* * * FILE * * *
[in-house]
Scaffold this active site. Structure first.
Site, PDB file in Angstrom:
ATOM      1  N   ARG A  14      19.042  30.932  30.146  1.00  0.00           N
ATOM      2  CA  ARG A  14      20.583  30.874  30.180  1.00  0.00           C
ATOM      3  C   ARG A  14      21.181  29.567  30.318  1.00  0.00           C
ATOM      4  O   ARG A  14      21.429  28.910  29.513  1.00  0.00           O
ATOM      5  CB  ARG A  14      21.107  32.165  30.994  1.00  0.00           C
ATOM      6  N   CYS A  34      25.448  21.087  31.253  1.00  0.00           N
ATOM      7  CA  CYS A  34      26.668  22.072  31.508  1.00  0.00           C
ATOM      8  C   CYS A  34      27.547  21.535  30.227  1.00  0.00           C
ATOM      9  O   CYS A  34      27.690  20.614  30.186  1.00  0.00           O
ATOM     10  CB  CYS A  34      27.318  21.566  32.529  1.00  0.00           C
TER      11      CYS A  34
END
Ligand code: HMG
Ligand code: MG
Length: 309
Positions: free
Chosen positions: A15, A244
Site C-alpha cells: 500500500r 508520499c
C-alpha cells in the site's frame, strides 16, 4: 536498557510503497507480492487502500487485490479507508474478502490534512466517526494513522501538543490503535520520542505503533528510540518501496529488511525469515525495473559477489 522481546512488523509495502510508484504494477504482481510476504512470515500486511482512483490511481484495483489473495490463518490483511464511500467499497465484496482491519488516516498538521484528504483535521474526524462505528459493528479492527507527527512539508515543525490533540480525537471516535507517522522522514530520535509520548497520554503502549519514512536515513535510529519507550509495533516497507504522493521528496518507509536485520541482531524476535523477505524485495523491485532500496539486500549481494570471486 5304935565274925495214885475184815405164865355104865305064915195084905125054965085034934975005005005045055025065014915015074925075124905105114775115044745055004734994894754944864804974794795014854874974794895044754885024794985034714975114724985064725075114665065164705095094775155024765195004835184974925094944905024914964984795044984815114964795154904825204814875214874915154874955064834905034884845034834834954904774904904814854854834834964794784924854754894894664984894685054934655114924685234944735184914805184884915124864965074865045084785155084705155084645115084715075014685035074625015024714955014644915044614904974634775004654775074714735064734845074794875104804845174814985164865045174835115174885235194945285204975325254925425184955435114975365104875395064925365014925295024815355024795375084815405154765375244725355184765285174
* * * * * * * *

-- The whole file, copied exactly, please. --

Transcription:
[in-house]
Scaffold this active site. Structure first.
Site, PDB file in Angstrom:
ATOM      1  N   ARG A  14      19.042  30.932  30.146  1.00  0.00           N
ATOM      2  CA  ARG A  14      20.583  30.874  30.180  1.00  0.00           C
ATOM      3  C   ARG A  14      21.181  29.567  30.318  1.00  0.00           C
ATOM      4  O   ARG A  14      21.429  28.910  29.513  1.00  0.00           O
ATOM      5  CB  ARG A  14      21.107  32.165  30.994  1.00  0.00           C
ATOM      6  N   CYS A  34      25.448  21.087  31.253  1.00  0.00           N
ATOM      7  CA  CYS A  34      26.668  22.072  31.508  1.00  0.00           C
ATOM      8  C   CYS A  34      27.547  21.535  30.227  1.00  0.00           C
ATOM      9  O   CYS A  34      27.690  20.614  30.186  1.00  0.00           O
ATOM     10  CB  CYS A  34      27.318  21.566  32.529  1.00  0.00           C
TER      11      CYS A  34
END
Ligand code: HMG
Ligand code: MG
Length: 309
Positions: free
Chosen positions: A15, A244
Site C-alpha cells: 500500500r 508520499c
C-alpha cells in the site's frame, strides 16, 4: 536498557510503497507480492487502500487485490479507508474478502490534512466517526494513522501538543490503535520520542505503533528510540518501496529488511525469515525495473559477489 522481546512488523509495502510508484504494477504482481510476504512470515500486511482512483490511481484495483489473495490463518490483511464511500467499497465484496482491519488516516498538521484528504483535521474526524462505528459493528479492527507527527512539508515543525490533540480525537471516535507517522522522514530520535509520548497520554503502549519514512536515513535510529519507550509495533516497507504522493521528496518507509536485520541482531524476535523477505524485495523491485532500496539486500549481494570471486 5304935565274925495214885475184815405164865355104865305064915195084905125054965085034934975005005005045055025065014915015074925075124905105114775115044745055004734994894754944864804974794795014854874974794895044754885024794985034714975114724985064725075114665065164705095094775155024765195004835184974925094944905024914964984795044984815114964795154904825204814875214874915154874955064834905034884845034834834954904774904904814854854834834964794784924854754894894664984894685054934655114924685234944735184914805184884915124864965074865045084785155084705155084645115084715075014685035074625015024714955014644915044614904974634775004654775074714735064734845074794875104804845174814985164865045174835115174885235194945285204975325254925425184955435114975365104875395064925365014925295024815355024795375084815405154765375244725355184765285174